Last summer, after a string of carjackings and robberies in the ‘city that law and order forgot’, a fearful and racially diverse group of residents promised to ‘stand their ground’ and fight back against the rising tide of violence.

I remarked at the time that we would see just how serious these residents were about civilian self-defense when a white man shot and killed a black man.

That day has arrived in the style of NOLA homeowner Merrit Landry shooting 14-year-old Marshall Coulter.

Coulter had hopped over the Landry home’s 8-foot-tall wrought iron fence and was attempting some sort of mischief when Landry confronted him at 2:00 a.m. Sunday morning.

According to Landry, “I approached the boy from my front yard, near my vehicle. As I grew closer, the boy made a move, as if to reach for something, possibly a weapon.”

Landry fired one shot, which struck Coulter in the head. Coulter survived but is in the hospital in critical condition.

In typical, better late than never fashion, in swoops the NOPD to press second degree murder charges against Landry, claiming their intrepid detectives have a witness who does not corroborate his story.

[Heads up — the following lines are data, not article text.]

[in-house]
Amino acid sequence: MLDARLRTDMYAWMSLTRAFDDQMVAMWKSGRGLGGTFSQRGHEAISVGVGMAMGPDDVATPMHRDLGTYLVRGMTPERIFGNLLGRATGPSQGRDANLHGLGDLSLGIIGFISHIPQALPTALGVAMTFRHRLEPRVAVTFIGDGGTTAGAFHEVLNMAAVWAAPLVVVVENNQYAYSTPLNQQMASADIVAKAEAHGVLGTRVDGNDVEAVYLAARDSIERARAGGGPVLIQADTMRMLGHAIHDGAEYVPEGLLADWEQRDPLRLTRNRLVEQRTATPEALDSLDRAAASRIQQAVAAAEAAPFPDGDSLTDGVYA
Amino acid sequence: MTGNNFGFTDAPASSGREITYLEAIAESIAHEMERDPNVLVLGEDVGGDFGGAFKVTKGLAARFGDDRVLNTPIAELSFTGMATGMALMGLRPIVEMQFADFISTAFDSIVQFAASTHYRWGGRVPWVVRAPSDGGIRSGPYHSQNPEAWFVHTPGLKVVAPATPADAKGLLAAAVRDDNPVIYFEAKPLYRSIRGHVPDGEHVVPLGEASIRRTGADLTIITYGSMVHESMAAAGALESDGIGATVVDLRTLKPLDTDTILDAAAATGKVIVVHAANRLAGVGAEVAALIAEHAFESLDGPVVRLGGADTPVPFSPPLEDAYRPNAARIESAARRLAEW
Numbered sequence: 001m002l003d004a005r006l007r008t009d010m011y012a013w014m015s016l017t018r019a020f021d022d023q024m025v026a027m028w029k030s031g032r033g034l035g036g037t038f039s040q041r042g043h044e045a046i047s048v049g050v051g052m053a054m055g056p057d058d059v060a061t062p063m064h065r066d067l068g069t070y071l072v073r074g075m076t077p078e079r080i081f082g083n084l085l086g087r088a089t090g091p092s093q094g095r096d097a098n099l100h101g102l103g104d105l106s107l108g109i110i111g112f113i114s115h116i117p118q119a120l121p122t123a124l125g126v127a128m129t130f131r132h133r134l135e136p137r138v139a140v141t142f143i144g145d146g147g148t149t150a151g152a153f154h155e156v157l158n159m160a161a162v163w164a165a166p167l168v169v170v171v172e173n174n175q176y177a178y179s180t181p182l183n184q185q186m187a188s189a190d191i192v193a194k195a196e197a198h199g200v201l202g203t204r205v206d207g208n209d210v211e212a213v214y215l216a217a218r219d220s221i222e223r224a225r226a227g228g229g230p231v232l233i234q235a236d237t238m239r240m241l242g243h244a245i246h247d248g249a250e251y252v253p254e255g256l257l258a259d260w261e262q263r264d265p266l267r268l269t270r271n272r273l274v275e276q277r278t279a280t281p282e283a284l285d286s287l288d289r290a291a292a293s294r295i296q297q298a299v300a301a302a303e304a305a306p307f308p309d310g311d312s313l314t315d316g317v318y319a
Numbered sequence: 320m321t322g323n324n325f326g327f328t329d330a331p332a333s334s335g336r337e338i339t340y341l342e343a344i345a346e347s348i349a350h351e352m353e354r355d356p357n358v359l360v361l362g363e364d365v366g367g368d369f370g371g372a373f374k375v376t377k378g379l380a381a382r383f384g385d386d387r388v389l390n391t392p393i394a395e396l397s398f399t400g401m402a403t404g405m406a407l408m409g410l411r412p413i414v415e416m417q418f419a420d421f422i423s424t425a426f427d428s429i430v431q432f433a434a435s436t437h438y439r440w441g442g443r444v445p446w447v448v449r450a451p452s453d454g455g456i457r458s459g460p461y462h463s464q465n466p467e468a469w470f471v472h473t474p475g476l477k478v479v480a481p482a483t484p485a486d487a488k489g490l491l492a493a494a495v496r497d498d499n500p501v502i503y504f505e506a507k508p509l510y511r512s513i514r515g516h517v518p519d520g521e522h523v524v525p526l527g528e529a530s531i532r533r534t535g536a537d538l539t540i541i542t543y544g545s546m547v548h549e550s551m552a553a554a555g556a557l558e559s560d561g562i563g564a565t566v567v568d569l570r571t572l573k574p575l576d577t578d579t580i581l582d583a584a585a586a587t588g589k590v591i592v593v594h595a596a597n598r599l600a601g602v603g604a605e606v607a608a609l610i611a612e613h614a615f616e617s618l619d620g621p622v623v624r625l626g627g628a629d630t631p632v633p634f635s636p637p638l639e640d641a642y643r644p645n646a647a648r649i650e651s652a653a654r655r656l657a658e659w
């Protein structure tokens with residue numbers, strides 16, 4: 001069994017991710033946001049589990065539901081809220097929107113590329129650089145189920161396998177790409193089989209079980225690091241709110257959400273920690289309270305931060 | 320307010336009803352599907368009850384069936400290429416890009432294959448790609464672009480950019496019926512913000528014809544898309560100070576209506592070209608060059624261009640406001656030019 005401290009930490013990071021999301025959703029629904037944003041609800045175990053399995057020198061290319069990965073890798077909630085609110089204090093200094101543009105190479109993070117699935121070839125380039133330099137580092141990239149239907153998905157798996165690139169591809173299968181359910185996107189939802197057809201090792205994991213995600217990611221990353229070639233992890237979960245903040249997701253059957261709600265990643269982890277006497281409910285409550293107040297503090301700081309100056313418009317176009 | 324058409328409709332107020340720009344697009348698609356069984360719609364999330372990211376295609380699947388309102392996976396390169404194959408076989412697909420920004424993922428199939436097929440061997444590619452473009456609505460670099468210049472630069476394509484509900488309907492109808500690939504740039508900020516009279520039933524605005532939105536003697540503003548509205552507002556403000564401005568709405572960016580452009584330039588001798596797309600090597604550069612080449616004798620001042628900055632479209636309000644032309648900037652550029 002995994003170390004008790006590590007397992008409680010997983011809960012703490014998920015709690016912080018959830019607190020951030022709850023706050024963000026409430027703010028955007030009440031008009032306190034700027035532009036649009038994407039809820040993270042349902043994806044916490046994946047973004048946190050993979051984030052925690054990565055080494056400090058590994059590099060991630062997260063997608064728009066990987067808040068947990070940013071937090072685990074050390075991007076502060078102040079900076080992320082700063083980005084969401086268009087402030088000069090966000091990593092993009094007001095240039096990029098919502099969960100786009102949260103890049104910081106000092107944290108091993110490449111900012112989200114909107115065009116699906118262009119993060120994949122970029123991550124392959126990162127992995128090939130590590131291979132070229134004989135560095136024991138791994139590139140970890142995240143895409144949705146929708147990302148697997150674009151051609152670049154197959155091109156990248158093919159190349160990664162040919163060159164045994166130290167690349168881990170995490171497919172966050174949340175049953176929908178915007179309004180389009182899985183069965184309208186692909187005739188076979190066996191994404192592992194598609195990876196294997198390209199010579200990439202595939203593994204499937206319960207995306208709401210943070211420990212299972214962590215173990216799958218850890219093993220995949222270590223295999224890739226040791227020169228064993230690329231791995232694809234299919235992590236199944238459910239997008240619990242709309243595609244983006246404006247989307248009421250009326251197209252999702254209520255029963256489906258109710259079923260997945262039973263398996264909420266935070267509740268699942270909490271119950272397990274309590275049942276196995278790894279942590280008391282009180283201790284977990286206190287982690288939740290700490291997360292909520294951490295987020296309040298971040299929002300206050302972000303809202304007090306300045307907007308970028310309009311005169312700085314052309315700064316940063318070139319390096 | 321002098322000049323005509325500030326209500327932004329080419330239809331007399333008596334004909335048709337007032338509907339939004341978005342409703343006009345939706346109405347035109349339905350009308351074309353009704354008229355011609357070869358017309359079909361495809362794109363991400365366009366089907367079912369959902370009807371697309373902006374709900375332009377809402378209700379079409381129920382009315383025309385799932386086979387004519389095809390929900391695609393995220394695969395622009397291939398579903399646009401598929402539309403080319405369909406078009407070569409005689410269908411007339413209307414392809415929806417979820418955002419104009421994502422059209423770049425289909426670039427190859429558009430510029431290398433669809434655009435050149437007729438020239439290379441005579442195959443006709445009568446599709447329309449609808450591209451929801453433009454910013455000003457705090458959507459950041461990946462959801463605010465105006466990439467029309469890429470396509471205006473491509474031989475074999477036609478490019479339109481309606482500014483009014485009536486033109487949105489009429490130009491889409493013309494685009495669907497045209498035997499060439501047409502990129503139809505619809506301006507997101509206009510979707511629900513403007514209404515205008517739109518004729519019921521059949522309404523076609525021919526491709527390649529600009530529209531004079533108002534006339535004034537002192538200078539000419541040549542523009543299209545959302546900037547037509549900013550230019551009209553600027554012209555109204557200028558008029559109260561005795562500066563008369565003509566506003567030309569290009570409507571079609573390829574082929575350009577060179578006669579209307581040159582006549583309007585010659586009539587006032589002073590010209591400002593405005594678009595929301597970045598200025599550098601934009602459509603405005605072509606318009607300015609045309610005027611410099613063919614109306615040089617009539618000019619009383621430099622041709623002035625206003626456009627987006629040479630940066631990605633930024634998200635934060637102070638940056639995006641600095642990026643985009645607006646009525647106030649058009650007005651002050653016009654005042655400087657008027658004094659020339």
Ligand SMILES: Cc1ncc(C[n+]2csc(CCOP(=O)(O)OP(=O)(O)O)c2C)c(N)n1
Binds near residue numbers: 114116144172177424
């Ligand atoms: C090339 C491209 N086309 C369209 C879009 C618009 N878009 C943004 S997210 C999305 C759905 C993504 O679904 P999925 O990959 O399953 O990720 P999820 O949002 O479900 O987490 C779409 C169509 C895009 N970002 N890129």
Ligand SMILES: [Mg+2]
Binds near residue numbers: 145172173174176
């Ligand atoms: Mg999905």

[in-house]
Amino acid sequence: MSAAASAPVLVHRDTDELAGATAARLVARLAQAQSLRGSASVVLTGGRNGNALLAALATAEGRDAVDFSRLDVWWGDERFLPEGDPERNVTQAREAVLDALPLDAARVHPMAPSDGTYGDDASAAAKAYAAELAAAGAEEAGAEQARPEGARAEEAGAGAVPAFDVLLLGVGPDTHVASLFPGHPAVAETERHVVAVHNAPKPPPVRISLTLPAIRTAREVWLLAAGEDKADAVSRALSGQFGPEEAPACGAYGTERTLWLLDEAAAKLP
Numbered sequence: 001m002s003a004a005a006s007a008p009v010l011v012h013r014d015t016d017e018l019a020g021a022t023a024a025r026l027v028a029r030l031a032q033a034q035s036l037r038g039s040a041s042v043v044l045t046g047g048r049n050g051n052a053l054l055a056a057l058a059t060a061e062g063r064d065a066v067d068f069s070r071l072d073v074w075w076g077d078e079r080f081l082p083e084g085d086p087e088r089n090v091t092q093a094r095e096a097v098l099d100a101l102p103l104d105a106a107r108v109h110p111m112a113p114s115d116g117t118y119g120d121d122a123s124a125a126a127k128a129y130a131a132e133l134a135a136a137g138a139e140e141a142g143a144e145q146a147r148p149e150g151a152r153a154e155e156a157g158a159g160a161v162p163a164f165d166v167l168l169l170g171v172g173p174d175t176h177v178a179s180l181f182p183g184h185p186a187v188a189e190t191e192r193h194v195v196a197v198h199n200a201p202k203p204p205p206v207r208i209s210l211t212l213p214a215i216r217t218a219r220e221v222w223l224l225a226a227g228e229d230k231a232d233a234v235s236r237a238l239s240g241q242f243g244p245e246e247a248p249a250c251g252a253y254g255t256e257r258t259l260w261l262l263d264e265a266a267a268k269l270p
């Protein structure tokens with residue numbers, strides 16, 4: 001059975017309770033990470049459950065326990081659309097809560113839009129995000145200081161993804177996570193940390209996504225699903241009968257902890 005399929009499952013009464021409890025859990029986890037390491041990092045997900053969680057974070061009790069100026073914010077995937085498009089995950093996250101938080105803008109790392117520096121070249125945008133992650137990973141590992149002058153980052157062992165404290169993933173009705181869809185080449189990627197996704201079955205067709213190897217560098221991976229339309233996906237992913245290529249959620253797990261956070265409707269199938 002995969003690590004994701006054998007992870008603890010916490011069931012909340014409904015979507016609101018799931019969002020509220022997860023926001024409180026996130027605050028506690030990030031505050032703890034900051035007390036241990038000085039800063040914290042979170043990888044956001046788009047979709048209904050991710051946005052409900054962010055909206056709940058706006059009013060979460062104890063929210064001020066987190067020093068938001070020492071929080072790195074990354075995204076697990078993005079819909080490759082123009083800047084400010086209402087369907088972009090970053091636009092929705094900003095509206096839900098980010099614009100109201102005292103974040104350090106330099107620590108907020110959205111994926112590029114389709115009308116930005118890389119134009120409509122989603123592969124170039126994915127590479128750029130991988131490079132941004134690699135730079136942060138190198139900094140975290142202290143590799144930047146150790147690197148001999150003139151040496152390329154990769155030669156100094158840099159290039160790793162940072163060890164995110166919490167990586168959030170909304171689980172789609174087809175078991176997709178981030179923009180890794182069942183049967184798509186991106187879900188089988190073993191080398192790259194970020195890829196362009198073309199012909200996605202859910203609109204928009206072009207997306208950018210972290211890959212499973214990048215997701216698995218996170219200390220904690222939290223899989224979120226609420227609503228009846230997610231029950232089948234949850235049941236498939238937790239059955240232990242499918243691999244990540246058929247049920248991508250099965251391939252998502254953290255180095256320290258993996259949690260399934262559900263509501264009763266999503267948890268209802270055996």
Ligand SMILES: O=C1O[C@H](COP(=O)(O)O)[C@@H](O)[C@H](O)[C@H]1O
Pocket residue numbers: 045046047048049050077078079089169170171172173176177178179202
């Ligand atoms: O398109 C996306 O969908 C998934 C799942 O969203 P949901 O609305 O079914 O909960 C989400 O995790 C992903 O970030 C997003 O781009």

Really!? In a city competing valiantly for the murder capital of the country title, the police force that cannot locate the whereabouts of submerged cars wants to persecute homeowners doing that department’s job?

Coulter’s brother nonchalantly told, “He would steal. He was a professional thief, sure. But he would never pick up a gun, not in a million years.”

Ok, first of all how was Merritt Landry to know Coulter was unarmed, and second since when does being a ‘thief’ not place one outside the confines of what we call ‘law and order’?

That a life of crime, for a 14-year-old is treated like marching band practice at St. Augustine tells you everything you need to know about this epidemic of violence: it is the new paradigm, the law of the streets.

Unfortunately, citizens like Merritt Landry live under the antiquated notion of the old law and order, passed by legislators and used to be enforced, by the NOPD.

The Marigny homeowner accused of shooting a teenager outside his home was back in court Tuesday and the District Attorney threatened to send him back to jail!